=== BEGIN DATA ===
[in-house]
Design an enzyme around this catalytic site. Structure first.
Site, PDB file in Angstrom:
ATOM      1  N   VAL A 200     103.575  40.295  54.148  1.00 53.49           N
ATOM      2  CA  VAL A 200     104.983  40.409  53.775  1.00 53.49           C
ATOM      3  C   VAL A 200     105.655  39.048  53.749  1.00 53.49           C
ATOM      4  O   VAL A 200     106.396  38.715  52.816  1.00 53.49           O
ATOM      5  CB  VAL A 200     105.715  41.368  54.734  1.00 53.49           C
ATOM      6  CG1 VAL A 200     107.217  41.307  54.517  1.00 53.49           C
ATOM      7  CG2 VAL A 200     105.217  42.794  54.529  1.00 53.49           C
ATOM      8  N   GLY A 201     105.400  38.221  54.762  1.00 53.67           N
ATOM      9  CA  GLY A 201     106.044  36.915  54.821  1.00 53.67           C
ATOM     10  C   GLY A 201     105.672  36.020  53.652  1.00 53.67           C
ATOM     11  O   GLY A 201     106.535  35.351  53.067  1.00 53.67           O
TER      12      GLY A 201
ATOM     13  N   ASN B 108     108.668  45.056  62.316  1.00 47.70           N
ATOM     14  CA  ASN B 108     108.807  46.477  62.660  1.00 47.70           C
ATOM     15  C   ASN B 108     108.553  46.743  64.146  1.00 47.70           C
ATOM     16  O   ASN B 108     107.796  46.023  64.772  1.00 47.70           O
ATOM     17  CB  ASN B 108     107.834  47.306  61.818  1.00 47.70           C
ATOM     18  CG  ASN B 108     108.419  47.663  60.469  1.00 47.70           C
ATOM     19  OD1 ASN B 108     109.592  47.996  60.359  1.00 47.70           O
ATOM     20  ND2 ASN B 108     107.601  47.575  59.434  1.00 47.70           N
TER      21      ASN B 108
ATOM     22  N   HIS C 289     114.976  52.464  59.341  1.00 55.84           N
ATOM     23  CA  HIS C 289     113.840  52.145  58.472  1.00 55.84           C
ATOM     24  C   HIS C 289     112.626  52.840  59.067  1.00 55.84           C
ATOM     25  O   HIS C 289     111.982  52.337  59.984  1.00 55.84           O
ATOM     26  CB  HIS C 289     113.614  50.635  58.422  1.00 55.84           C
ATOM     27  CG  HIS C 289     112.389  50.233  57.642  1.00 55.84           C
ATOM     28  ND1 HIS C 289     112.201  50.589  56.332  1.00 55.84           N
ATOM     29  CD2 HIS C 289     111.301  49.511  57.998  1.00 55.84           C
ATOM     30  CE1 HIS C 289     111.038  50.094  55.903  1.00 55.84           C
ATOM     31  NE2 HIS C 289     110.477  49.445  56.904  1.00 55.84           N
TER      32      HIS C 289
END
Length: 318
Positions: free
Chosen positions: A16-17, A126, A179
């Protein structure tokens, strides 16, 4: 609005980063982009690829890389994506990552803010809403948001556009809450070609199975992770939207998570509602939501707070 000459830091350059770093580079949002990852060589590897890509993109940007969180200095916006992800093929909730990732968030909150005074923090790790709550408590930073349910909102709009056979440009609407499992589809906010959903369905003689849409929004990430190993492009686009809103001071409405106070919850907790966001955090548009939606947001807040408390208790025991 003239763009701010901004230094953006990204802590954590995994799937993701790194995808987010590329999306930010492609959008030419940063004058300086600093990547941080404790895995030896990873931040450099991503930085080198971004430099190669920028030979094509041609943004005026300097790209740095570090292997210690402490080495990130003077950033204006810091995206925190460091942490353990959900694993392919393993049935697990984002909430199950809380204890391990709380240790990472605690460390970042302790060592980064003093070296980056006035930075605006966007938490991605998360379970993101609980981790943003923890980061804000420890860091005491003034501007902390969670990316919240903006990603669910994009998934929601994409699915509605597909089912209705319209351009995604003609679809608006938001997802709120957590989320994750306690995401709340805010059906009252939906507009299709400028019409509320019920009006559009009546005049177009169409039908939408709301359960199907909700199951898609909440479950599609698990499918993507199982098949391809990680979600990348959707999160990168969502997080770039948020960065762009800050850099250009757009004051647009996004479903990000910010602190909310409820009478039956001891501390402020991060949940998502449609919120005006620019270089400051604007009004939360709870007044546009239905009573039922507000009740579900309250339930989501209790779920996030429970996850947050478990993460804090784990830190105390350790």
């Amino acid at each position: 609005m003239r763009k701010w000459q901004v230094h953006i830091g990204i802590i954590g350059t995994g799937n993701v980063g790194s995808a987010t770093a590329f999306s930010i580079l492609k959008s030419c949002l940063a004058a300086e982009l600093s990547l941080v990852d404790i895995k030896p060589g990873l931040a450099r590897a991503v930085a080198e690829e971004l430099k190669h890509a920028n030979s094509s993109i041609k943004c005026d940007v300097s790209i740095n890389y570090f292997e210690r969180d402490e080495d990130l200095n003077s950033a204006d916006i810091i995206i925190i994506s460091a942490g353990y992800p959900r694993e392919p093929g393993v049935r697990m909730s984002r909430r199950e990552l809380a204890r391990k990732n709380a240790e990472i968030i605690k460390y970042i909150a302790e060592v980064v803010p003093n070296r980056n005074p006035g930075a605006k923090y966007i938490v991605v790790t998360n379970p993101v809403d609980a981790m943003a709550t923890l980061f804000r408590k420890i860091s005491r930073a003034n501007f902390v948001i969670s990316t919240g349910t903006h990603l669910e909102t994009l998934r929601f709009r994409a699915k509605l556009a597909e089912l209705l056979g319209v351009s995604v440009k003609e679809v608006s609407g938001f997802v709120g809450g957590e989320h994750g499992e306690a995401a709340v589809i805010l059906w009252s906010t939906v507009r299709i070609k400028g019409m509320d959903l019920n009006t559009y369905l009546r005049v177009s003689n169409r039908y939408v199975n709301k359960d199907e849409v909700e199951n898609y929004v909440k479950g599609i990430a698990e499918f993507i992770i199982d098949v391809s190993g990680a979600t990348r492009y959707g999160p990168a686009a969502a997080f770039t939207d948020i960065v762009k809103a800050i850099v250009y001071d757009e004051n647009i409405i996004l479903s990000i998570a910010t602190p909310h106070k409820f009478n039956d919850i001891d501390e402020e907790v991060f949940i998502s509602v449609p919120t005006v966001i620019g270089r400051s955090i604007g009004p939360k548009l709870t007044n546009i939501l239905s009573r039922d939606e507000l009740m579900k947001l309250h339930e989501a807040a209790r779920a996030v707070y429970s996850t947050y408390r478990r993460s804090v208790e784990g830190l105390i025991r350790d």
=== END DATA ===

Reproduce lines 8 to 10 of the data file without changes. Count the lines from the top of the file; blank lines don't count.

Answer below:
ATOM      5  CB  VAL A 200     105.715  41.368  54.734  1.00 53.49           C
ATOM      6  CG1 VAL A 200     107.217  41.307  54.517  1.00 53.49           C
ATOM      7  CG2 VAL A 200     105.217  42.794  54.529  1.00 53.49           C